Now, Australia and Sweden could pull the industry into a new phase:
- The Australian G9 consortium has proposed to build a FTTN network with Telstra.
- Telenor is trying to convince Telia, as well as Tele2, to cooperate on a VDSL2 network.
Somehow, market participants and regulators must come to balance the interests of each:
- Incumbents may prefer to go it alone, in order to force altnets to 'follow or die'. Still, there may be budget restraints, especially when FTTN/VDSL networks are regarded intermediate stages toward FTTH.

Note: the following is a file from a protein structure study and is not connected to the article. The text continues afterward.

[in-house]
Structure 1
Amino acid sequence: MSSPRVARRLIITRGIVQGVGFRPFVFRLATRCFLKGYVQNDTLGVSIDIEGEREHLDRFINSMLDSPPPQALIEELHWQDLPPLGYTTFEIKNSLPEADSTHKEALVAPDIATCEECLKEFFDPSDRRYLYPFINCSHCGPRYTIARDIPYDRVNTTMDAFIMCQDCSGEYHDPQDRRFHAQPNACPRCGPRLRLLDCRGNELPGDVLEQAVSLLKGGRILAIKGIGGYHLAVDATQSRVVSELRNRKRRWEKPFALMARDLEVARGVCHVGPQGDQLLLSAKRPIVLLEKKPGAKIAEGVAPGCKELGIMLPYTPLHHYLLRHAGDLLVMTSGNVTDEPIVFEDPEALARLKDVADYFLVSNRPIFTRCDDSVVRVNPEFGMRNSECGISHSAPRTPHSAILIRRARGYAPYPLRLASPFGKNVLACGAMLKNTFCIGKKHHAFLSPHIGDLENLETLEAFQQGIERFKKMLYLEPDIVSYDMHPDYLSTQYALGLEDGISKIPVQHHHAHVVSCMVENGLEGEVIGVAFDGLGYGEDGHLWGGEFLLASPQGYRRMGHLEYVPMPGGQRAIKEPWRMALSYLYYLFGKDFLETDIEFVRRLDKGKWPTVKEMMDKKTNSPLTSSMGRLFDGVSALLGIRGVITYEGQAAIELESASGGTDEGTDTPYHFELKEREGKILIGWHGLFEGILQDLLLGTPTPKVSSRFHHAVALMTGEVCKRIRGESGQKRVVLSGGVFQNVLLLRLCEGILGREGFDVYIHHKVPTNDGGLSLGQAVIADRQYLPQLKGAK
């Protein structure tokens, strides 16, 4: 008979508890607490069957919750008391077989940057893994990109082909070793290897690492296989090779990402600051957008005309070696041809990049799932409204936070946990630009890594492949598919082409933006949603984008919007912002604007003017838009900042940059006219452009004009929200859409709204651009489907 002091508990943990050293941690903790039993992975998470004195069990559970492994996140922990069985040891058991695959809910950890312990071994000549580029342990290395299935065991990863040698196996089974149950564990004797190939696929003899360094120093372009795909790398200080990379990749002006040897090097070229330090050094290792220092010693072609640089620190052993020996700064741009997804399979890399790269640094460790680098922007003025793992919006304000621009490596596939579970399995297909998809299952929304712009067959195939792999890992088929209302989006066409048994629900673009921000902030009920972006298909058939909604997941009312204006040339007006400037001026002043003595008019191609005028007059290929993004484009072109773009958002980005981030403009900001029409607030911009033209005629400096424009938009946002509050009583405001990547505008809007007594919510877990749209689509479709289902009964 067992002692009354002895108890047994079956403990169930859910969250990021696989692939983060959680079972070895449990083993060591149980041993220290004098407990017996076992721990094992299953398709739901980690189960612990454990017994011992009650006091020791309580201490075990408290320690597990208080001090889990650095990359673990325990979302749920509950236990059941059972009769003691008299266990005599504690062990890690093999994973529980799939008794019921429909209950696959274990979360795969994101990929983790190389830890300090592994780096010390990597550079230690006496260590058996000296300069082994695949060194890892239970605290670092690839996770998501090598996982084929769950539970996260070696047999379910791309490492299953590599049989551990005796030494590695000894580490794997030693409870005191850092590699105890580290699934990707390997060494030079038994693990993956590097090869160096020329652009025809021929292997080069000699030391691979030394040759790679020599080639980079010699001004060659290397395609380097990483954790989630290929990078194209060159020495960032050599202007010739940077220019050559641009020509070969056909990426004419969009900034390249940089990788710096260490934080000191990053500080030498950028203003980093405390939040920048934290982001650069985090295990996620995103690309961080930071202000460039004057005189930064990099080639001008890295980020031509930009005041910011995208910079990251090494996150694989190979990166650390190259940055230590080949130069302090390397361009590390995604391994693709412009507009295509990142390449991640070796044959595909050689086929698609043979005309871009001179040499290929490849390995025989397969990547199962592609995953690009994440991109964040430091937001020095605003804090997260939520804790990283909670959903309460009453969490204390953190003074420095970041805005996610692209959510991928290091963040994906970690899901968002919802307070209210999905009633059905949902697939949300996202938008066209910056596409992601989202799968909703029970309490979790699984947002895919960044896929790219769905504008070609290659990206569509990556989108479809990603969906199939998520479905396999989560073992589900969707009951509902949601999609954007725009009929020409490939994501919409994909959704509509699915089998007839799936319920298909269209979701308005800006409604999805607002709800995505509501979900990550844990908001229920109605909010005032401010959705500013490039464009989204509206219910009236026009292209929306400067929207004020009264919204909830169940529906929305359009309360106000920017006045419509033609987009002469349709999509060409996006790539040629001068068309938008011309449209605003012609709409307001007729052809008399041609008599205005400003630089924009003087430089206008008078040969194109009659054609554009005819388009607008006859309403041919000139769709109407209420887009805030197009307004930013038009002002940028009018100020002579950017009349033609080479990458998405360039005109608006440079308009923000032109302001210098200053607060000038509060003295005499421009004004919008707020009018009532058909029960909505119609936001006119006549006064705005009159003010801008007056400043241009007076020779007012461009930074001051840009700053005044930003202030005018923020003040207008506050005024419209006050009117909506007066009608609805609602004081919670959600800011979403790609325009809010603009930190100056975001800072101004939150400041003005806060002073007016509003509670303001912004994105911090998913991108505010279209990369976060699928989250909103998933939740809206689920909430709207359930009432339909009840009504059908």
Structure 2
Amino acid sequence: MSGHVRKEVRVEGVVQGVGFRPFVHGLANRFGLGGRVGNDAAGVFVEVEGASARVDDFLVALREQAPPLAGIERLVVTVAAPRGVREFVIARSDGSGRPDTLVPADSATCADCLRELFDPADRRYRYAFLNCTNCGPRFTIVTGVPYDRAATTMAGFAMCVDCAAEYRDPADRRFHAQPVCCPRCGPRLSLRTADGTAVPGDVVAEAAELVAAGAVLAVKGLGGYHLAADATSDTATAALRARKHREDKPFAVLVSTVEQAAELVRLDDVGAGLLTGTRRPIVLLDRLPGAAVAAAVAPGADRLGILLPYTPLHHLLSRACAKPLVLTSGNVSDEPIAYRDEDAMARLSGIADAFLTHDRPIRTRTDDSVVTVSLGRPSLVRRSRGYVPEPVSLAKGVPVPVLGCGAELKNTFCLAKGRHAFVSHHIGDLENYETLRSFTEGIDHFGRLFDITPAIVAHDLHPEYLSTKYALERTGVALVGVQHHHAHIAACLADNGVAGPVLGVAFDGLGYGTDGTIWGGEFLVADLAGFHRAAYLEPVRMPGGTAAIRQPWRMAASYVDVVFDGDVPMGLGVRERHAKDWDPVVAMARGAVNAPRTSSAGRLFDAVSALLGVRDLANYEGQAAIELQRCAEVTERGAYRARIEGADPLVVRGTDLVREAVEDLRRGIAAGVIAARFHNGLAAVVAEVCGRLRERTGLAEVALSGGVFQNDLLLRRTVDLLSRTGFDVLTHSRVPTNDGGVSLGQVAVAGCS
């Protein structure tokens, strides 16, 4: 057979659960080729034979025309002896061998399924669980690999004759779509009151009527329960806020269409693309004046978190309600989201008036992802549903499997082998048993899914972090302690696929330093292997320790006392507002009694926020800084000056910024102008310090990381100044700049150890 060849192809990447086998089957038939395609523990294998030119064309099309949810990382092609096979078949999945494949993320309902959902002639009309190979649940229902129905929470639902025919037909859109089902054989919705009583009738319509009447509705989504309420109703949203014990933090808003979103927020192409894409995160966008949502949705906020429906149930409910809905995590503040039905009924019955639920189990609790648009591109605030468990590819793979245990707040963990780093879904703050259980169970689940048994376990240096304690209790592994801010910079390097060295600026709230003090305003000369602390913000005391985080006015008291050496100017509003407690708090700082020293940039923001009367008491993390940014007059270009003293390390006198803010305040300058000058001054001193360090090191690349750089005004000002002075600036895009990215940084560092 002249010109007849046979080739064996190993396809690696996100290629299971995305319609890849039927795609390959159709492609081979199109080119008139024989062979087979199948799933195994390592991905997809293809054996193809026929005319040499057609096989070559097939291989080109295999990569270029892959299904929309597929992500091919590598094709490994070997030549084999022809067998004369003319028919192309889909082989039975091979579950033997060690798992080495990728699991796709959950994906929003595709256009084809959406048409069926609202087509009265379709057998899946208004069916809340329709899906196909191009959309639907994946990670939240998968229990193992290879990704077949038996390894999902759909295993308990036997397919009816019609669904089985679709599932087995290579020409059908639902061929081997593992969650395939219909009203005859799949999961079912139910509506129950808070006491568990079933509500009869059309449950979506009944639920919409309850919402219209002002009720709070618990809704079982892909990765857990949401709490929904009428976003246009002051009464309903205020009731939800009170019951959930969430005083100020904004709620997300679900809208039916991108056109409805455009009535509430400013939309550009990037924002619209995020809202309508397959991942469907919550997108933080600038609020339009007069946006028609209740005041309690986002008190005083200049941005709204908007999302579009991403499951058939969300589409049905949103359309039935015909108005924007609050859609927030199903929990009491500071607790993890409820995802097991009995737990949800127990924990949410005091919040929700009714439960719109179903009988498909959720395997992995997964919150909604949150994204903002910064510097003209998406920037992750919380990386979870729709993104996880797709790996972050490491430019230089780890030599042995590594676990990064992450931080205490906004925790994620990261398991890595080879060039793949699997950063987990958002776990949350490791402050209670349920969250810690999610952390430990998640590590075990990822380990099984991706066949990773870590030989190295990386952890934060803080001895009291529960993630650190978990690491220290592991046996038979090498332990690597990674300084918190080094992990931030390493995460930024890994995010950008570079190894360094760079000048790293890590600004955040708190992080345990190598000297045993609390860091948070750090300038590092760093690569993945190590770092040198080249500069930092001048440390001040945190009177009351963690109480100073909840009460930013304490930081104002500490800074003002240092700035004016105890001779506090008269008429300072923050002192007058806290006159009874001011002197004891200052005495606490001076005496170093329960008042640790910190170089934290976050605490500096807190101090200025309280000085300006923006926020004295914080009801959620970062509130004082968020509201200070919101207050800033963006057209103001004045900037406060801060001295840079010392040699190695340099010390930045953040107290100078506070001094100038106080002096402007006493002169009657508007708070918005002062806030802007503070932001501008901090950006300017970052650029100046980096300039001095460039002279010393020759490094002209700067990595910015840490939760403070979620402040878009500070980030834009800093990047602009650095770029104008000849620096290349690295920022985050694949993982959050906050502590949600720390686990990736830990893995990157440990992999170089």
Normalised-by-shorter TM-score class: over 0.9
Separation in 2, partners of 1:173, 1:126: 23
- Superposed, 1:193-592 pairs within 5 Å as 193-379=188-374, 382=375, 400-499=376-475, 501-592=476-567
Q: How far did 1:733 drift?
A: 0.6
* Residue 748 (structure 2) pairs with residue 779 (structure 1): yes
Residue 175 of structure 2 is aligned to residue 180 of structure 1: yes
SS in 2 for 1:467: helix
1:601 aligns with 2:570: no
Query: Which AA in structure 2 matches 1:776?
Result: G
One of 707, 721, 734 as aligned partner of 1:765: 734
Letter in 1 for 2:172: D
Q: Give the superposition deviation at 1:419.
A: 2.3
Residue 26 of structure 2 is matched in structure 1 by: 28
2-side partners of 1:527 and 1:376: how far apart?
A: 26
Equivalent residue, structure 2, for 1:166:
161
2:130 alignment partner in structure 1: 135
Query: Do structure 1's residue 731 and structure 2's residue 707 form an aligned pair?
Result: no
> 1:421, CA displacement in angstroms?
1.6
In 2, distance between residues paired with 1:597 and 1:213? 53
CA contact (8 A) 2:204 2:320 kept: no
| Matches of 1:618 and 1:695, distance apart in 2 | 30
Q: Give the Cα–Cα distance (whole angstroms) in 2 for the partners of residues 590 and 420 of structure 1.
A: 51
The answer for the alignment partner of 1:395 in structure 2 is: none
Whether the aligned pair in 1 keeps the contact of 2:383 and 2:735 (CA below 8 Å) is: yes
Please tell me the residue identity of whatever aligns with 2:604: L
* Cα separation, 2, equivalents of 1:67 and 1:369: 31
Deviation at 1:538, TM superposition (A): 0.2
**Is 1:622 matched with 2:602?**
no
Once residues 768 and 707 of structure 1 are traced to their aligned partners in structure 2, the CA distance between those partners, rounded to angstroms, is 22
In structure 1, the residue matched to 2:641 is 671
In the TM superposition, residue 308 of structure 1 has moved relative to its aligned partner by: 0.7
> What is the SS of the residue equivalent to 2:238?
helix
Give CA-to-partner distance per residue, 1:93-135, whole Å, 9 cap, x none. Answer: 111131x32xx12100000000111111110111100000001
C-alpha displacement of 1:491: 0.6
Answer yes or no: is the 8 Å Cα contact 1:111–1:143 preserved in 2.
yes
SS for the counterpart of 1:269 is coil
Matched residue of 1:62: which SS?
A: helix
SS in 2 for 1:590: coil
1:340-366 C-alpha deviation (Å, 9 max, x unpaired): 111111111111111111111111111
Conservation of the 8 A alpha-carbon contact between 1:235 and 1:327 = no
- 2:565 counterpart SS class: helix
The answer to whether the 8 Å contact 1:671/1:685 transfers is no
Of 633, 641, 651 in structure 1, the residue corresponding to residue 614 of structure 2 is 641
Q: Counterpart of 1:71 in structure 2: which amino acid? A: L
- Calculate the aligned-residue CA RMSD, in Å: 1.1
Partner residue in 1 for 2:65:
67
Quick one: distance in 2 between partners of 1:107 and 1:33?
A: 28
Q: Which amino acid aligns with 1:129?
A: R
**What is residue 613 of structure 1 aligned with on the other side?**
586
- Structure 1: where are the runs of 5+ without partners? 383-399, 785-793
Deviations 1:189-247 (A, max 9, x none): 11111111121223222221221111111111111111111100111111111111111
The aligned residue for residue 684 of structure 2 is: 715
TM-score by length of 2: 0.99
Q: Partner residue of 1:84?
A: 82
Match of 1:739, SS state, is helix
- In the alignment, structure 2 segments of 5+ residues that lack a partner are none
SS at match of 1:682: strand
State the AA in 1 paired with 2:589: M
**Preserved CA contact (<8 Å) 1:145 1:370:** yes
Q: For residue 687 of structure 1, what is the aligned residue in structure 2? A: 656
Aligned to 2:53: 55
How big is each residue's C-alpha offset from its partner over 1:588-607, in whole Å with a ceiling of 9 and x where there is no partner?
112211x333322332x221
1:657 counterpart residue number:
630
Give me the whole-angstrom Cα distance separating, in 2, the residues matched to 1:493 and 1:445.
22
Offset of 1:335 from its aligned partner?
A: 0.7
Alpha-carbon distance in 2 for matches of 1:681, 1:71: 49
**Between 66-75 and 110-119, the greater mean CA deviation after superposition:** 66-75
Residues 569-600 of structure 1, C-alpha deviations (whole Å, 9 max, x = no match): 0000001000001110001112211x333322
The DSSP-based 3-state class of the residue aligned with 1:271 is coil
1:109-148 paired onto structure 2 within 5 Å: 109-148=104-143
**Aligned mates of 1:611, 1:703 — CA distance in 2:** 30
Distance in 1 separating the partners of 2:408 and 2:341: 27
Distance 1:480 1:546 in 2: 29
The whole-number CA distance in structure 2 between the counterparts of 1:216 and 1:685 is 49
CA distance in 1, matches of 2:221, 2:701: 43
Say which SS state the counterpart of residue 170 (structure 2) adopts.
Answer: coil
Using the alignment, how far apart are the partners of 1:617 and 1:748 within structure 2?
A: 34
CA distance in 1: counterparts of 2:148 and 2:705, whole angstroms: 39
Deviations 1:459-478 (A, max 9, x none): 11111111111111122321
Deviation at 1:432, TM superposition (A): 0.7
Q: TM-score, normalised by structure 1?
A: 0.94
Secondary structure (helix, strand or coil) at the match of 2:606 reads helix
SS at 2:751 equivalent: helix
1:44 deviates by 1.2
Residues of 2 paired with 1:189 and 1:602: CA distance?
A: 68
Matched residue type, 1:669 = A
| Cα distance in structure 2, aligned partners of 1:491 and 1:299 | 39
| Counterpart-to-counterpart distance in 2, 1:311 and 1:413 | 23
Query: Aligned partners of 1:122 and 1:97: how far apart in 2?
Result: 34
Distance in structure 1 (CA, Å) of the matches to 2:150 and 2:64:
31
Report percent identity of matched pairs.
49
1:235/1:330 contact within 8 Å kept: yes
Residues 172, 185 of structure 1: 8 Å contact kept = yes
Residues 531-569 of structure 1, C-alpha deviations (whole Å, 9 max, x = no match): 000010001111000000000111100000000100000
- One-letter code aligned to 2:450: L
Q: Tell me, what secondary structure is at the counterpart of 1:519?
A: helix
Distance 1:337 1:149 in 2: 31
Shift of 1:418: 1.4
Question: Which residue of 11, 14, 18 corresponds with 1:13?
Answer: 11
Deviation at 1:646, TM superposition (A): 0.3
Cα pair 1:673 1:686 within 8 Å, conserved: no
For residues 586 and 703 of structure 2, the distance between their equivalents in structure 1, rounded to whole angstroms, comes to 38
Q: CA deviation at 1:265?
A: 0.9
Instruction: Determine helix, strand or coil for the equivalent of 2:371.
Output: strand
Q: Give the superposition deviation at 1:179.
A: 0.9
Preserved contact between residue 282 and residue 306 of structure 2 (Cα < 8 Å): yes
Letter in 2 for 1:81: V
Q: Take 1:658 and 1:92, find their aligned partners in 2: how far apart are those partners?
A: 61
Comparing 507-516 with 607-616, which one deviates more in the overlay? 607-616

- Altnets lack scale on an individual basis. Also, in most cases they are backed by competitors. The Swedish example could be a way out: work together on a country-by-country basis.
- As the G9 put it, only a single FTTN network is economically viable. As regulators and operators alike prefer facilities-based competition, the competitive element will have to move up and away from the physical (passive) layer.
Sweden and Australia may lead the way. The next step could be to separate the cooperatively built network. This way, a (natural) monopoly would arise and competition would be focused on delivering superior services.